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Michelle Forbes, Thanks to Peak TV, Is No Longer a ‘Commitment-Phobe’

From playing crazy to space battles to the spy game, the versatile actor is enjoying a new range of opportunities in the modern TV era. 

Michelle Forbes Berlin Station

Michelle Forbes in “Berlin Station.”

Epix

“Homicide: Life on the Street.” “Star Trek: The Next Generation.” “24.” “Battlestar Galactica.” “The Killing.” Any fan of great television has loved at least one show featuring Michelle Forbes, who’s been a memorable on-screen force for over 25 years.

That said, relatively early in her career the talented actress earned a bit of a reputation for being reluctant to sign onto series full-time, mostly sticking to recurring roles that didn’t require a serious commitment.

But one of the benefits to the age of “Peak TV” is that Forbes no longer finds herself in situations where people want to “own” her, and she’s able to dive into a variety of projects. For example, the new Epix series “Berlin Station,” in which Forbes gets to play in the realm of spies and intrigue, as the internal branch chief of a CIA office in Berlin.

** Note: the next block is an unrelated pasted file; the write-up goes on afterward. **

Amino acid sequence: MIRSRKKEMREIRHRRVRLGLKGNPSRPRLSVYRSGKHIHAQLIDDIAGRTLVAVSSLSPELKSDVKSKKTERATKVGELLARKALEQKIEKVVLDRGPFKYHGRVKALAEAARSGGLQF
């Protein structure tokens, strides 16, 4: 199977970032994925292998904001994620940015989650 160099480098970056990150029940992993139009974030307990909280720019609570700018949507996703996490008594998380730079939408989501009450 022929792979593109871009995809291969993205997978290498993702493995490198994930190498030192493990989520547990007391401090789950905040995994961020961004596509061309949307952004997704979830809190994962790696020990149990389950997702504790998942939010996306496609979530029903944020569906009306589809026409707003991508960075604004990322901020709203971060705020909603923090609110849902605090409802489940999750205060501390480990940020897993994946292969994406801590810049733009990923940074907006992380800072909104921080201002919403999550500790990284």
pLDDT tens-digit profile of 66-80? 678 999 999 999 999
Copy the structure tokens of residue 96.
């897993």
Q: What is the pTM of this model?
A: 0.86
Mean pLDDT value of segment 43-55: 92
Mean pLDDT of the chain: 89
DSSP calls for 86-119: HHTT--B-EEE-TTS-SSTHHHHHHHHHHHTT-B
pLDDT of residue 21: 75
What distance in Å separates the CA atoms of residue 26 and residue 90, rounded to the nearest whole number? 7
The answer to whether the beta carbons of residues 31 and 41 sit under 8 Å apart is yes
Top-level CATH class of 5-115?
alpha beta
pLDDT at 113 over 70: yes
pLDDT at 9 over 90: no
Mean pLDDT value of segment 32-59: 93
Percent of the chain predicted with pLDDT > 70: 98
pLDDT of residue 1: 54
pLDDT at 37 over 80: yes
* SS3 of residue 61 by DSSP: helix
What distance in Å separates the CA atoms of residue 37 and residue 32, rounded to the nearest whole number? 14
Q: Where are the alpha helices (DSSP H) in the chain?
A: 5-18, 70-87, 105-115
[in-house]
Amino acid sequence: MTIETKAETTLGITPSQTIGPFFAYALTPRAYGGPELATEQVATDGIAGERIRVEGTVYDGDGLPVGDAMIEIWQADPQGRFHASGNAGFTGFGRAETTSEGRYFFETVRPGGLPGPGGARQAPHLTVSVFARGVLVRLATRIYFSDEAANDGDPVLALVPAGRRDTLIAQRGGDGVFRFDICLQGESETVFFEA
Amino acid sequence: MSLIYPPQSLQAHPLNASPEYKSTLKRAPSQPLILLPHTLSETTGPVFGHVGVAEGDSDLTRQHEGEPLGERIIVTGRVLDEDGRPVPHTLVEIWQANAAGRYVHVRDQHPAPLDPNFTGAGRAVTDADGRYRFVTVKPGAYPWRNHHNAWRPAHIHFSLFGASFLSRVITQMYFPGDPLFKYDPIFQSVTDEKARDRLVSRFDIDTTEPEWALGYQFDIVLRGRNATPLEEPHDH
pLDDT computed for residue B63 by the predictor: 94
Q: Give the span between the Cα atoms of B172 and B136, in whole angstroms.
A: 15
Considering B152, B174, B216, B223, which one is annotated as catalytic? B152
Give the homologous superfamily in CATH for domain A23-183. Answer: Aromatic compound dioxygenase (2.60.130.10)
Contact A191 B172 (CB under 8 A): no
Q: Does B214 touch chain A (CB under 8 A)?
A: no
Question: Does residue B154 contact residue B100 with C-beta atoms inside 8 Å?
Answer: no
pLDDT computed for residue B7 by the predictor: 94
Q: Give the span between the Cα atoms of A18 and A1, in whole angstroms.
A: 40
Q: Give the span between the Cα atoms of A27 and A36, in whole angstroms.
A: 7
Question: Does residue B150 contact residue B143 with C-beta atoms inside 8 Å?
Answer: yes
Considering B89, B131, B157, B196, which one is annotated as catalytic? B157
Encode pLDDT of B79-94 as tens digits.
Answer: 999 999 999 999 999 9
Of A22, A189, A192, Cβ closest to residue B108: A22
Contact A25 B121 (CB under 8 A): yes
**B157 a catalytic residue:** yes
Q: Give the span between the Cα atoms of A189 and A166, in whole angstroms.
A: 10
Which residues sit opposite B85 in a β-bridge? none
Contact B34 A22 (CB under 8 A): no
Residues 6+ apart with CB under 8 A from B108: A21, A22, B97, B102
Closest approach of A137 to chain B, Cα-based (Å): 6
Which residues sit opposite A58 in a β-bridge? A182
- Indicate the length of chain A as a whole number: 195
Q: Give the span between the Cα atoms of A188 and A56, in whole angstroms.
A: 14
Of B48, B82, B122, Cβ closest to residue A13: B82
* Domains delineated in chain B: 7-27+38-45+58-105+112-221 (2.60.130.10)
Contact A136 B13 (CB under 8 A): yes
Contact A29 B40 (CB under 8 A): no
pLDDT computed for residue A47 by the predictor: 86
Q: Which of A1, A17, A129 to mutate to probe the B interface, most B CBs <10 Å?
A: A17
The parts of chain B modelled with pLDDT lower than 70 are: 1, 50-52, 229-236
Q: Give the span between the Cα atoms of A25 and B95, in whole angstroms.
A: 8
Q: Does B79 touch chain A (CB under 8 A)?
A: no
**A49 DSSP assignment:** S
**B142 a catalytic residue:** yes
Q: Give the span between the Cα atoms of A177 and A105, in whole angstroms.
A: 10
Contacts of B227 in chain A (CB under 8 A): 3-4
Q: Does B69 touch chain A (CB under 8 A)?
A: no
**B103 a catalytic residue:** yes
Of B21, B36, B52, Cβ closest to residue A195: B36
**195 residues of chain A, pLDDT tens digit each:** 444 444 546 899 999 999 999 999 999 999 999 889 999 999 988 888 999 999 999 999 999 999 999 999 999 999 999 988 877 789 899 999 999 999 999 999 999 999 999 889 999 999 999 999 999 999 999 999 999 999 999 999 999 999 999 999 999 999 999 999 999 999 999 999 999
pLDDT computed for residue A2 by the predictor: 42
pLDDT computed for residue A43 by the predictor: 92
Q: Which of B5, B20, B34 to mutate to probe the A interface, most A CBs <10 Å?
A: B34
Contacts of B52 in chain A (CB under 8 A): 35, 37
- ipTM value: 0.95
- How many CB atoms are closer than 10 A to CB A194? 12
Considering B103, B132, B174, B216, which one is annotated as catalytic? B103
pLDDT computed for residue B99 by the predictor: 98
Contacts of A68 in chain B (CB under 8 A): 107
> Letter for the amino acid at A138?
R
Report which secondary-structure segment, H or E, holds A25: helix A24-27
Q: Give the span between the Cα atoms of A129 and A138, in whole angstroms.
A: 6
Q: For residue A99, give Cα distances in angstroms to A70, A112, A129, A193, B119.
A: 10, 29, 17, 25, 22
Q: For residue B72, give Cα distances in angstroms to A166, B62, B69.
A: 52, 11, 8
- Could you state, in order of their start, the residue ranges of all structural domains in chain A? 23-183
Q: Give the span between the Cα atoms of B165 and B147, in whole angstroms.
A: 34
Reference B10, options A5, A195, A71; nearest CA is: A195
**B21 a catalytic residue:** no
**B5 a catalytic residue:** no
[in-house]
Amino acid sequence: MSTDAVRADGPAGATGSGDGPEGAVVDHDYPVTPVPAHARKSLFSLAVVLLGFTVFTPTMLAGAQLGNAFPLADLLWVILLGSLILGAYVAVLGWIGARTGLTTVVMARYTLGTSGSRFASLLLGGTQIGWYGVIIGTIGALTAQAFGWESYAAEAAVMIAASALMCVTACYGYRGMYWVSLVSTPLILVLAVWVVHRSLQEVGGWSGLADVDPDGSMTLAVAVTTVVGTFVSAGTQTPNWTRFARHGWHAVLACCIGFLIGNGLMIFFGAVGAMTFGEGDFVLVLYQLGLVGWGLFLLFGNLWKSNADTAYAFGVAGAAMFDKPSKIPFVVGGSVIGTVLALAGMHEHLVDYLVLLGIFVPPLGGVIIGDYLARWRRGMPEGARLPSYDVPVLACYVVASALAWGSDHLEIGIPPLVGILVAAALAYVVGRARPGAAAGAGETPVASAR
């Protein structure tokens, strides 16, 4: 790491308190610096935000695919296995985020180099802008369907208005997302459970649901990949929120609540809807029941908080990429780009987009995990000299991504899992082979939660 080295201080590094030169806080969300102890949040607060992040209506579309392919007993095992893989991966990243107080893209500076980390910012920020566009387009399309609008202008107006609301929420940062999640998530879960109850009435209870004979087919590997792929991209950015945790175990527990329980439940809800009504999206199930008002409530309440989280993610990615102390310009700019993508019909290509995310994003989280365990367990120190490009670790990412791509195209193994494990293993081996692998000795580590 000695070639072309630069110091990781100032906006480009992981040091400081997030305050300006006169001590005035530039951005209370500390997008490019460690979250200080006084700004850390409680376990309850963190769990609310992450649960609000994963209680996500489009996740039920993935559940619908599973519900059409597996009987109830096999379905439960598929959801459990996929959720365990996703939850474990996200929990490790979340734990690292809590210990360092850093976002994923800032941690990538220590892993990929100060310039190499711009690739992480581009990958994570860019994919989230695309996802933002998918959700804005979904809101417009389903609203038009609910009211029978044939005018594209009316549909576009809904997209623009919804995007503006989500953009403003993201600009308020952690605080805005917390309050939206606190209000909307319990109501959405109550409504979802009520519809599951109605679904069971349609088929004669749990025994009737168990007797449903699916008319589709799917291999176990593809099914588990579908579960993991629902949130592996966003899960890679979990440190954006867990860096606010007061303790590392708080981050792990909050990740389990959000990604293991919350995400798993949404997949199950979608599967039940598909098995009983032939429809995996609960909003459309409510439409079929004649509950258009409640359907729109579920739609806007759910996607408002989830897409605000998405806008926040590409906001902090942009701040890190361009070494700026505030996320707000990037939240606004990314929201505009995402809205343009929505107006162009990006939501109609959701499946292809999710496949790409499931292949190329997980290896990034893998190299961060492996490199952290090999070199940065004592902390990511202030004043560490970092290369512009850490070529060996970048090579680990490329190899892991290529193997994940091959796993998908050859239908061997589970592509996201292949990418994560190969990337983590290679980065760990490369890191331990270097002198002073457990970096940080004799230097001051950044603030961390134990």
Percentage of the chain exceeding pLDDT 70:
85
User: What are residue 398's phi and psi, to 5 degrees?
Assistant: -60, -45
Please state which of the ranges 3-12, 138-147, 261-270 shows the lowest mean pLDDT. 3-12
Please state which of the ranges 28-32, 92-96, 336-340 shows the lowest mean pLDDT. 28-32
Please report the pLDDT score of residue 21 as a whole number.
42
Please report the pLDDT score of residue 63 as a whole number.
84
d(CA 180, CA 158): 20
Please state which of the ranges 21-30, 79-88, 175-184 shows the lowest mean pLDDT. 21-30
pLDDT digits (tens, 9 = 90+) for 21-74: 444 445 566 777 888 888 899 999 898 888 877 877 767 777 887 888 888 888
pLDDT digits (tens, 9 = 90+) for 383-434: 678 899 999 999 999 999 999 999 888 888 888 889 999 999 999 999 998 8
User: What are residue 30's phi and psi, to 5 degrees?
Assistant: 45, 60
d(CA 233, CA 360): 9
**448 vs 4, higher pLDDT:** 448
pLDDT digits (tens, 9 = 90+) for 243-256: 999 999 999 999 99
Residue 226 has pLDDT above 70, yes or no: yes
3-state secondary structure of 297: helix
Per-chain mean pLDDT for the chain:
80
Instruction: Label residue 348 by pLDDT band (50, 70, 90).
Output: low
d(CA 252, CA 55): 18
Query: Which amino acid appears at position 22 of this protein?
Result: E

READ MORE: Epix CEO Mark Greenberg on Why His Channel is Getting into the Original Scripted Series Game

When IndieWire sat down with Forbes at the Television Critics Association press tour, it was clear that she was thrilled about the show. From getting to shoot in Berlin (“one of my favorite cities,” she declared) to working with an ensemble including Richard Armitage, Richard Jenkins and Rhys Ifans (“I saw this cast and lost my mind. I love them to bits. I’d take a bullet for them”), everything about doing the series made sense to her.

“I always say there are so many different reasons you choose something,” she said. “It could be actors you want to work with, or the material. [“Berlin Station”] was just all of those things together. Everything about it felt right.”

But it’s just one in a variety of roles that Forbes has gotten to explore of late, because what matters to her the most is variety. Something she’s gotten a fair amount of in recent years.

You’ve had such a long run in television. How have you seen things change since the earlier days?

I mean, when I think, I’ve been doing television for 25 years, so that’s two and a half decades. [jokingly gasps] No, I’m happy, I’m happy about that. But it used to be the ugly step-child in the basement, didn’t it? Movies were the thing and then you had “Miami Vice.”